Old Sid demolition delayed due to bee colony and weather
The demolition of the old Sid Richardson College building was not completed in October as originally planned due to weather conditions, bees in the demolition site and other complications, according to Faith Neyra, a communications specialist in the office of finance and administration.
Neyra said the date of completion has been pushed back to Nov. 10.
“The site will continue to be active through December 1 to finish debris haul-off and material recycling efforts,” Neyra wrote in an email to the Thresher.
Rice is planning to build two new residential colleges, one of which will sit in Old Sid’s footprint. Both will use reclaimed building materials from Old Sid, the Thresher previously reported.
In addition to the extreme heat creating unsafe conditions for the construction team, bees were discovered in Old Sid Richardson’s exterior walls and further complication arose with broken equipment, according to Neyra.
“A beekeeper was called in to gather and re-home the bees … The work was stopped on four occasions to relocate the bees and allow the work to safely resume,” Neyra wrote. “The high-reach demolition equipment [used] … had a hydraulic leak, requiring repairs that took several days.”
Another delay occurred due to an American Robin nesting on a nearby oak tree, which needed to be trimmed for the demolition to proceed. Construction crews chose to postpone the pruning to avoid disturbing the bird.
Sid Richardson College president Keegan Leibrock said that a piece of rebar broke a kitchen window in the new Sid building during the demolition process.
“[The event] created a lot of chaos at the time,” Leibrock said. “So in response to that, admin made a lot of changes about New Sid [safety precautions].”
Changes surrounding the new Sid Richardson building began Oct. 16, including closing the south entrance, boarding up windows facing the demolition and locking the “west side large terrace,” according to an email sent to Sid Richardson students from magister Melissa Marschall.
Clark Hindman, a sophomore at Sid Richardson, said he was the only one in the kitchen when the rebar broke the window. Hindman said he didn’t sustain any injuries aside from a few cuts.
“I [heard] a loud crash behind me and … see little bits of glass landing around and I just see the window’s blown up,” Hindman said.
Leibrock said many students disagreed with boarding up windows, which limited natural sunlight in rooms, and blocking the south entrance. The pushback led to changes such as covering windows with mesh to allow some natural sunlight.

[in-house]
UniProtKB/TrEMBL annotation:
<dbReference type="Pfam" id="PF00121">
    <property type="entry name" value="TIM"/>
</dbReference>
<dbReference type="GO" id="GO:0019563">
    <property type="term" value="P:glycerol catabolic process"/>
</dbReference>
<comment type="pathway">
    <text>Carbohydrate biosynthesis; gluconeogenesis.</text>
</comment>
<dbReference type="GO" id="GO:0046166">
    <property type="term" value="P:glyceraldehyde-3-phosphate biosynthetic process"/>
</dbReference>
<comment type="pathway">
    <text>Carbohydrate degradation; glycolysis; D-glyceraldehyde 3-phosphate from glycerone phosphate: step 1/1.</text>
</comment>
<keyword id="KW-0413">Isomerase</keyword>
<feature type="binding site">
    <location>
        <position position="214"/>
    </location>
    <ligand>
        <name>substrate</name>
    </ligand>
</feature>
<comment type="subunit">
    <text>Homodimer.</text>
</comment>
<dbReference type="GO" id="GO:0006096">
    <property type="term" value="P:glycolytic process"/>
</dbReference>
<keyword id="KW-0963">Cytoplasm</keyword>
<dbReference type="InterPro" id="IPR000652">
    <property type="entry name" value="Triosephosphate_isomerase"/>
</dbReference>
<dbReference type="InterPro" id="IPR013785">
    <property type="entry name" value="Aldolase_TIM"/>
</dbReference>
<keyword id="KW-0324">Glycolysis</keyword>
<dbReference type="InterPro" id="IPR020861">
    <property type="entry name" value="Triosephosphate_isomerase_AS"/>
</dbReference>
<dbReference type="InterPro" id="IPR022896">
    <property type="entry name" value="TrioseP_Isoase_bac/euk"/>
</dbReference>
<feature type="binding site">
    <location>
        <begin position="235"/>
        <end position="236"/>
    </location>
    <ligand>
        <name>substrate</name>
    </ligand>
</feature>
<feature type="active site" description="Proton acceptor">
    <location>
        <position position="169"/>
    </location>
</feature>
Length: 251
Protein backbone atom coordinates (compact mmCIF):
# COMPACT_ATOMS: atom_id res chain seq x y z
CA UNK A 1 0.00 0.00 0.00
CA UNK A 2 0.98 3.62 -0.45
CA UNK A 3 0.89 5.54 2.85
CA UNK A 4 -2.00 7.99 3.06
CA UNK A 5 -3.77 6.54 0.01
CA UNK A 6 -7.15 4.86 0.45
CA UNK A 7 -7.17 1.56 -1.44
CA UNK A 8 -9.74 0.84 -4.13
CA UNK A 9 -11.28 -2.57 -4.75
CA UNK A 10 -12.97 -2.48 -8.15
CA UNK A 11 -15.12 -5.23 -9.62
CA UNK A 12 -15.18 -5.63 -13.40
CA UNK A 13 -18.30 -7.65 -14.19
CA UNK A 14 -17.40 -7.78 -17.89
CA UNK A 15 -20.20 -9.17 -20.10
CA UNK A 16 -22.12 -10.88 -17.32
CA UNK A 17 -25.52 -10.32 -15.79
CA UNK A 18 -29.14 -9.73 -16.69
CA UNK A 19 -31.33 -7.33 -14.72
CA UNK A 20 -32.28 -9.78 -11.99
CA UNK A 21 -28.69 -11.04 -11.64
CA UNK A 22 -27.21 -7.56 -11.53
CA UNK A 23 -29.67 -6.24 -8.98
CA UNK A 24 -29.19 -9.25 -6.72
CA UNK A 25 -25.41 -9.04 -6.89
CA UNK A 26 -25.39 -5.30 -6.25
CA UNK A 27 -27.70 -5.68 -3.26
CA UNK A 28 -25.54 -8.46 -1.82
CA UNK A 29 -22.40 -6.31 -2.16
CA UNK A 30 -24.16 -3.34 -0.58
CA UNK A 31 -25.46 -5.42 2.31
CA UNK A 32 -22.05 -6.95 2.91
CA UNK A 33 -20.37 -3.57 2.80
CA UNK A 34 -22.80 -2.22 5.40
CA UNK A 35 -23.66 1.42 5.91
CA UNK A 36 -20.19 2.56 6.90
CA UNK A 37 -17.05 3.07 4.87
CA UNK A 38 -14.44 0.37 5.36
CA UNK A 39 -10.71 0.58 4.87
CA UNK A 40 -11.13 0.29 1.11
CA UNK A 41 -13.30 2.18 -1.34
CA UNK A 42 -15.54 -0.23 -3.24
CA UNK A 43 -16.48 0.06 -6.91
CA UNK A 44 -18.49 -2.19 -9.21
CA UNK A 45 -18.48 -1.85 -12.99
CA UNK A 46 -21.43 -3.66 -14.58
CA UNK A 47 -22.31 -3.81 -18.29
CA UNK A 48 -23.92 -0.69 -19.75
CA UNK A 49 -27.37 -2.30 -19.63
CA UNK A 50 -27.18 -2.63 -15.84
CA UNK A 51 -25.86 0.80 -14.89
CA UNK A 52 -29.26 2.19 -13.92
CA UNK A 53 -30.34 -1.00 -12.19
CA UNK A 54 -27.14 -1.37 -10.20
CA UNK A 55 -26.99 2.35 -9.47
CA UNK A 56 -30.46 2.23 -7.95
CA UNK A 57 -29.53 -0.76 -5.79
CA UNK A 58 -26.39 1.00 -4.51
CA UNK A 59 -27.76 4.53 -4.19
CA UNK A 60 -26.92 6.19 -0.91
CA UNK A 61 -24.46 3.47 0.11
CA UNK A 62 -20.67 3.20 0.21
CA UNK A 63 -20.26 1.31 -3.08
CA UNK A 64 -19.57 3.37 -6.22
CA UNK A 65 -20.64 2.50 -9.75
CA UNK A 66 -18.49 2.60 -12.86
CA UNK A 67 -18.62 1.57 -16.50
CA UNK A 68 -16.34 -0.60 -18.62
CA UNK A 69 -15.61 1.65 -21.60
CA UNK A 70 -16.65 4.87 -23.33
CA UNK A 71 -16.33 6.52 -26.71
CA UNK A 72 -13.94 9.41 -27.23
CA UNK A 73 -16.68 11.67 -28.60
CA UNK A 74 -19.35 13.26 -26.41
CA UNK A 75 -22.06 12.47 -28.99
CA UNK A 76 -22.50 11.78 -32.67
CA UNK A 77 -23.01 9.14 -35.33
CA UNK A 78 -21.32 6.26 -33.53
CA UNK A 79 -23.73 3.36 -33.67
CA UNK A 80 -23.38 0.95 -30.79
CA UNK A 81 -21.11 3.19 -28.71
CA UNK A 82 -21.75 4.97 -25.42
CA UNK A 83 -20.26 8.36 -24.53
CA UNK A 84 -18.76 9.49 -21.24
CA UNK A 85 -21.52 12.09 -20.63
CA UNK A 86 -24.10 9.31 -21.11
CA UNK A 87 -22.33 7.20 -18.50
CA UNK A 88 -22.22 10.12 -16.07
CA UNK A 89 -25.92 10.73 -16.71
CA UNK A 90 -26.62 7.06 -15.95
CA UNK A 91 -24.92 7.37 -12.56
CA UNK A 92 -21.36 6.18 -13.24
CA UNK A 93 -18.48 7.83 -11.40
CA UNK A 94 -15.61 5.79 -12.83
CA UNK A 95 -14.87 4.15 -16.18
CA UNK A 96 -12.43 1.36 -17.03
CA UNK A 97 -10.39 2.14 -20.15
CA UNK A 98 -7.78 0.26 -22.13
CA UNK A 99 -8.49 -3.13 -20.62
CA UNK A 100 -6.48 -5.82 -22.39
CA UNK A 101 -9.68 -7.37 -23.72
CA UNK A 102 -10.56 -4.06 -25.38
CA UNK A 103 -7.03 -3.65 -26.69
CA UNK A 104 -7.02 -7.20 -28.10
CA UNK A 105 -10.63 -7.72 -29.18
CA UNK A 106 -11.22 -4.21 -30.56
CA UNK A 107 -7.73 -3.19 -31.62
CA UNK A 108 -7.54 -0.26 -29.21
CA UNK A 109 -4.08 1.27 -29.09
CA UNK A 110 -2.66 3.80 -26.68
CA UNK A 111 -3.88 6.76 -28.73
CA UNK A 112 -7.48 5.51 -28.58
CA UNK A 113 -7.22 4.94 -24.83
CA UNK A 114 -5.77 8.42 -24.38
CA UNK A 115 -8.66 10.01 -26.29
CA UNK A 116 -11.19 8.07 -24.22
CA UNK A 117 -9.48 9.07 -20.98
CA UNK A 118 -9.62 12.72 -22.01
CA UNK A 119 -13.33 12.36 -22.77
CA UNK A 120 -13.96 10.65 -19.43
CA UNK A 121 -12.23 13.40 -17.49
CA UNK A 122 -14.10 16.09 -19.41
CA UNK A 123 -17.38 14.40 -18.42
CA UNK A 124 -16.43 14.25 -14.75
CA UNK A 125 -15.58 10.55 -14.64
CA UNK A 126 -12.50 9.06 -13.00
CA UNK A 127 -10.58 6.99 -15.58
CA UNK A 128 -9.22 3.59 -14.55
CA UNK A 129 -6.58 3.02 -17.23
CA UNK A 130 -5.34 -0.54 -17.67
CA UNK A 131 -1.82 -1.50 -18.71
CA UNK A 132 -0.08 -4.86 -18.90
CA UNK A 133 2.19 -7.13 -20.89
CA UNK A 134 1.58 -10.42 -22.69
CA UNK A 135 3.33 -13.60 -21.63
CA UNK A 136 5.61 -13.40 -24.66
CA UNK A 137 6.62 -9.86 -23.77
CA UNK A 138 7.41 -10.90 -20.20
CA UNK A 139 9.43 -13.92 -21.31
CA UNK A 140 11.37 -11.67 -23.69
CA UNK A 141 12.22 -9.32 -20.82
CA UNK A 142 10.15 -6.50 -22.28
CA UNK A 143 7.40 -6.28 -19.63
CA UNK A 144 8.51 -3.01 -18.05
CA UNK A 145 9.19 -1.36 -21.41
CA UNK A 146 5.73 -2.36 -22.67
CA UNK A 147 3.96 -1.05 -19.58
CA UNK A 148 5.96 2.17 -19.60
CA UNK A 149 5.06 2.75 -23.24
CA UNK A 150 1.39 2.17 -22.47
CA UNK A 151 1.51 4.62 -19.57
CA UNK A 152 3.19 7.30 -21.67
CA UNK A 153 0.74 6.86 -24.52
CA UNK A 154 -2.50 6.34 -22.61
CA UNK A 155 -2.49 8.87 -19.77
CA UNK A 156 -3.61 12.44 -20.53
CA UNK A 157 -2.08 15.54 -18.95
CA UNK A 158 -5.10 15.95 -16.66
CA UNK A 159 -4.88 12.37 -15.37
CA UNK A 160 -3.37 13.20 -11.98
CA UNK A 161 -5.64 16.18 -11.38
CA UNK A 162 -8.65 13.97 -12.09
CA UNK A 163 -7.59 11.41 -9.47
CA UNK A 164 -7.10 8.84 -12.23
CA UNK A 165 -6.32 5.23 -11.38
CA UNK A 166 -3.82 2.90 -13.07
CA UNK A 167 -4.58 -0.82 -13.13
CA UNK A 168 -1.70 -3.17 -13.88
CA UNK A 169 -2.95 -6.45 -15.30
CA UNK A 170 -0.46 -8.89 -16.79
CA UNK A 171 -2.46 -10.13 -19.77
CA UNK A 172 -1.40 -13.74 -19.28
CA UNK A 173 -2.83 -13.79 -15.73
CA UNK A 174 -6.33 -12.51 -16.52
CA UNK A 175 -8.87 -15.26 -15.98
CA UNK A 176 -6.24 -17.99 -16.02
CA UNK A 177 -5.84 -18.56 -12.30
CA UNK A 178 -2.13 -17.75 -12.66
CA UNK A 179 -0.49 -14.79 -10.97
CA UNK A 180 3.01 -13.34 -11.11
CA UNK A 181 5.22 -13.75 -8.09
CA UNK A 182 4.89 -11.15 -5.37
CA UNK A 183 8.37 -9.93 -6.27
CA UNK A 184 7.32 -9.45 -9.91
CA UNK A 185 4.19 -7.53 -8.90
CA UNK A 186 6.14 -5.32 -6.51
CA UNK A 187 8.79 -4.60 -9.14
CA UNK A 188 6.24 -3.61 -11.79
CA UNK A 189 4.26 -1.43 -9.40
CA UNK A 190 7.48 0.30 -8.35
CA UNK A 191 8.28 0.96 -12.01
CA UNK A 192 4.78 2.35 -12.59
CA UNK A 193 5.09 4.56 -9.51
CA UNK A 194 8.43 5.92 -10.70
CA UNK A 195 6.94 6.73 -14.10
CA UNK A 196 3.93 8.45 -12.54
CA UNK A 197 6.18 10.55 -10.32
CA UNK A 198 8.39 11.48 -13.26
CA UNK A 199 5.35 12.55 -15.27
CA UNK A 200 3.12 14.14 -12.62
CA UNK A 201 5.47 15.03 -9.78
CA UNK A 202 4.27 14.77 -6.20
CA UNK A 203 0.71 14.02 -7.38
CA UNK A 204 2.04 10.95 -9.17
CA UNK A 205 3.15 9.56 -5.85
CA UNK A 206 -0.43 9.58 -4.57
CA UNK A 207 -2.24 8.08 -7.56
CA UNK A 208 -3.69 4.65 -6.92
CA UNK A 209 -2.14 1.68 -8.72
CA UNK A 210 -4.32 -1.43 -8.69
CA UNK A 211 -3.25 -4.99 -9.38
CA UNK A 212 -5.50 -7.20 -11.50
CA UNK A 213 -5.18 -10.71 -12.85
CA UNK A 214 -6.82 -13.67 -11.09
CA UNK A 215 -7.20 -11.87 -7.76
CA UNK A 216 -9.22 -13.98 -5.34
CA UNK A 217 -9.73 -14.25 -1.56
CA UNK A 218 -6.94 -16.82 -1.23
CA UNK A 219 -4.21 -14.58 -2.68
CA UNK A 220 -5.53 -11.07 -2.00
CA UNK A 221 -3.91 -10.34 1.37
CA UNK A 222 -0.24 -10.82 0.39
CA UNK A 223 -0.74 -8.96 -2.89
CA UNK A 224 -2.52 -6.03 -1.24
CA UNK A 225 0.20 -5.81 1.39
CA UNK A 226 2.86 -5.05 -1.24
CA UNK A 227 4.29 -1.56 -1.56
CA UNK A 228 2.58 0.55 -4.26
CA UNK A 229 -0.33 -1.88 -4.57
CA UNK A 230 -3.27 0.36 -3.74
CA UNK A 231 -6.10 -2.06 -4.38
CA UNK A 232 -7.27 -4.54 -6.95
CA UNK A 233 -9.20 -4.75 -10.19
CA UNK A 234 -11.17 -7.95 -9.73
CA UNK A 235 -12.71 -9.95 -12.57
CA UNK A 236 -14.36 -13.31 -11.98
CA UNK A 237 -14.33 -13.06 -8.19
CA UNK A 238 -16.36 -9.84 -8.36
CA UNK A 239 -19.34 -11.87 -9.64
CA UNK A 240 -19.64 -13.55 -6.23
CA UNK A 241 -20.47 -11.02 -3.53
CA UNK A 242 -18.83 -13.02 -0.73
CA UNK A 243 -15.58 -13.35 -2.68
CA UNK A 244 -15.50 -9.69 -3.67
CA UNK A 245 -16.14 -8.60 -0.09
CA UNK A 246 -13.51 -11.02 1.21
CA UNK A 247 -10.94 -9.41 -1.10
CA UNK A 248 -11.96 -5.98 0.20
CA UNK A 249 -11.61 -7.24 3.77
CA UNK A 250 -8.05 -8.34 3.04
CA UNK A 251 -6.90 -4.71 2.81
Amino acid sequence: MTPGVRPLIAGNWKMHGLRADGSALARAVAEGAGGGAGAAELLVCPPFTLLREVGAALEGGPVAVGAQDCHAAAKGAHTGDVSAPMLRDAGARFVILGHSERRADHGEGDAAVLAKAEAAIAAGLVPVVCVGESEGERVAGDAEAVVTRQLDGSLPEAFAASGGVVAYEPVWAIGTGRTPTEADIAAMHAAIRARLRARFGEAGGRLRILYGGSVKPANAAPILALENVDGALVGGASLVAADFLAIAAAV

“I brought some of those concerns to Dean [of Undergraduates Bridget] Gorman and other people from admin, and they were receiving it from other channels as well,” Leibrock said. “So they met with their construction managers, and I believe some of the architects on the project, and they made changes, including opening up the south ramp.”
Sid Richardson sophomore Anderson Schroeder was one of the students whose dorm window was boarded up.
“Really, the best we got was they decided to cut little holes in the window now,” Schroeder said. “So at least we have some sunlight. It’s better than nothing, but it definitely looks like a prison cell.”
According to Neyra, the window covers will be removed by Nov. 17.
Sid Richardson senior Randall Schulz said he was unhappy with the demolition process.
“I wish they would go about it a little more quickly and in an organized way,” Schulz said.
Maggie Bowers, a sophomore at Sid Richardson, said she was concerned about the impact on air quality due to demolition.
“I was sitting and eating lunch outside the other day, and dust was falling onto my food,” Bowers said. “You can see it accumulating on the phone screen.”
Sid Richardson senior Karen Lu said that she hopes the process will be finished soon.
“I mean, it has to happen at some point, right?” Lu said. “I just wished it didn’t have to happen while we were here.”
More from The Rice Thresher
Student Association passes Senate Resolution 14, affirms support for ‘Faculty Statement of Solidarity with Palestinians’
The Student Association passed a resolution affirming support for the Oct. 27 Rice University Faculty Statement of Solidarity with Palestinians. The resolution, which was introduced at the Nov. 27 Senate and voted on at the Dec. 4 Senate, passed with 16 votes in favor, five votes against and four abstentions, exceeding the two-thirds requirement to pass.
Bernard Banks will join Rice’s Doerr Institute for New Leaders as director Jan. 1, 2024. He currently serves as the associate dean for leadership development and a professor at Northwestern University’s Kellogg School of Management.
Students Transforming Rice into a Violence-Free Environment, a student organization addressing sexual and domestic violence, is no longer active this semester. Ndidi Nwosu, who had been a STRIVE liaison for two years and reapplied last semester, said the organization has gone “radio silent.”